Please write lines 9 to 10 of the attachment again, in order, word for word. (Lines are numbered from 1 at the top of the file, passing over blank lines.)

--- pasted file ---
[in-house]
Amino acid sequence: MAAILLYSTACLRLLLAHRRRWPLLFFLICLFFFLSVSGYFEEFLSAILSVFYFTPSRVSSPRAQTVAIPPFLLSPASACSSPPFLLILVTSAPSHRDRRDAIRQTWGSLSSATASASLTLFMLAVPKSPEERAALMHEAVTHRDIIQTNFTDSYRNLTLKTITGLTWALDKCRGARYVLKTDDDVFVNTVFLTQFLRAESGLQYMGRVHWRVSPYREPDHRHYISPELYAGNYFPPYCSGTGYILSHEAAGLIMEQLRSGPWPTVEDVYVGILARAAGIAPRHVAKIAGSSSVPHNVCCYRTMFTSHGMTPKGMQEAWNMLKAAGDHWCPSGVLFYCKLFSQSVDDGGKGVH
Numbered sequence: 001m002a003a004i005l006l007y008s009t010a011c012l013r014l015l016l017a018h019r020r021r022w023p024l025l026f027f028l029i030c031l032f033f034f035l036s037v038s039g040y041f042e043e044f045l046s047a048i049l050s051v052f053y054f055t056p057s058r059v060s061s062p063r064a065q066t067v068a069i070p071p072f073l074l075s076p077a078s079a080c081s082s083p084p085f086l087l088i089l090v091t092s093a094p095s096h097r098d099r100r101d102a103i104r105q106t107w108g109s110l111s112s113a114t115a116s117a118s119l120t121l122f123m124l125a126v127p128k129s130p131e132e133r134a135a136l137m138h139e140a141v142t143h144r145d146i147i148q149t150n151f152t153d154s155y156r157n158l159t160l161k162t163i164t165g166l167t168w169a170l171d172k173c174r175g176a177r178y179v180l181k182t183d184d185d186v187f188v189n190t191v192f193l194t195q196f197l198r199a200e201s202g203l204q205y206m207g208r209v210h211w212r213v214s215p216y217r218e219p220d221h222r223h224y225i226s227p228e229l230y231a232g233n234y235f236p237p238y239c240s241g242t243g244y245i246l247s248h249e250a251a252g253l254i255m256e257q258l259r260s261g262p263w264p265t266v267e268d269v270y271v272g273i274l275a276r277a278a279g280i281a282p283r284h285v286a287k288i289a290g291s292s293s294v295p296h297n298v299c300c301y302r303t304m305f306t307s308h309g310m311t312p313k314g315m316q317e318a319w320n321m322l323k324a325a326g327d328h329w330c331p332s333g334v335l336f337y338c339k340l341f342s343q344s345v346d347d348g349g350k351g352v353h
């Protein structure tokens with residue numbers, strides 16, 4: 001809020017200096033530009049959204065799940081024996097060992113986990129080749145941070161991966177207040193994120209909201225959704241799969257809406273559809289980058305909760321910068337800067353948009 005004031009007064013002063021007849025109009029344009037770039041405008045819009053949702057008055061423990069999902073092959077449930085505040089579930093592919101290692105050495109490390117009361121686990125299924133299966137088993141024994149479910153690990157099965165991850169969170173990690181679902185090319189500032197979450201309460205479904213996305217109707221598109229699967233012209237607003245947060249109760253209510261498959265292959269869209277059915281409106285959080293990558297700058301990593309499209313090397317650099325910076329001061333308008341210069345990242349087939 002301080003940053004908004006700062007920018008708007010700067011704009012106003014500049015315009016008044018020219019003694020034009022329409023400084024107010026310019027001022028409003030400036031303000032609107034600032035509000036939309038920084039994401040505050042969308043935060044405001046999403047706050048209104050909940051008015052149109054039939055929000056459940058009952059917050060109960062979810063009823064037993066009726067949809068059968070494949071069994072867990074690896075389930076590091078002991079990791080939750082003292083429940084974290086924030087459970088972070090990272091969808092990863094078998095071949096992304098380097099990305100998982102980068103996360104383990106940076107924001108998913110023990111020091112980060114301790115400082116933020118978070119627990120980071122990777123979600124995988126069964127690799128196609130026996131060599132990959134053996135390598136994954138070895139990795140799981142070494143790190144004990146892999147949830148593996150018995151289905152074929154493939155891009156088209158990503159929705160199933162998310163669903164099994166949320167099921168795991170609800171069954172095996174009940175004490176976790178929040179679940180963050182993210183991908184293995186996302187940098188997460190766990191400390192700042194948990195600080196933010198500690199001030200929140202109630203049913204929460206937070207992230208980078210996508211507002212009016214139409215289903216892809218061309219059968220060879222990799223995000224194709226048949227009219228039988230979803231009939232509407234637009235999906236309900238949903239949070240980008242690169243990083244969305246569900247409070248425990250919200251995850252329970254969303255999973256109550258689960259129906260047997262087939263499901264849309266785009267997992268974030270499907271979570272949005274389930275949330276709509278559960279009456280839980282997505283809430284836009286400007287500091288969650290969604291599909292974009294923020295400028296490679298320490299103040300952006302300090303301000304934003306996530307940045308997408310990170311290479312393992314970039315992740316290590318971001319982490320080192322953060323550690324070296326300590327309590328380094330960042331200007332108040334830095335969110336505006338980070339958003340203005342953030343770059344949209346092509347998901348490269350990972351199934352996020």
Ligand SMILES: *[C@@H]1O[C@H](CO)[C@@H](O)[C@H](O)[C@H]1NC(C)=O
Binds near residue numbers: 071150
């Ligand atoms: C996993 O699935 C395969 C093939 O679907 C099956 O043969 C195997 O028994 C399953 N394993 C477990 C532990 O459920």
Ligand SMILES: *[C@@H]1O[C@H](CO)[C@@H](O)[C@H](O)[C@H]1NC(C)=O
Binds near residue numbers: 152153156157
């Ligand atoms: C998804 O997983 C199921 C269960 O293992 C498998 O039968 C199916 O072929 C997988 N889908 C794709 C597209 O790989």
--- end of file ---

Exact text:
Binds near residue numbers: 152153156157
């Ligand atoms: C998804 O997983 C199921 C269960 O293992 C498998 O039968 C199916 O072929 C997988 N889908 C794709 C597209 O790989």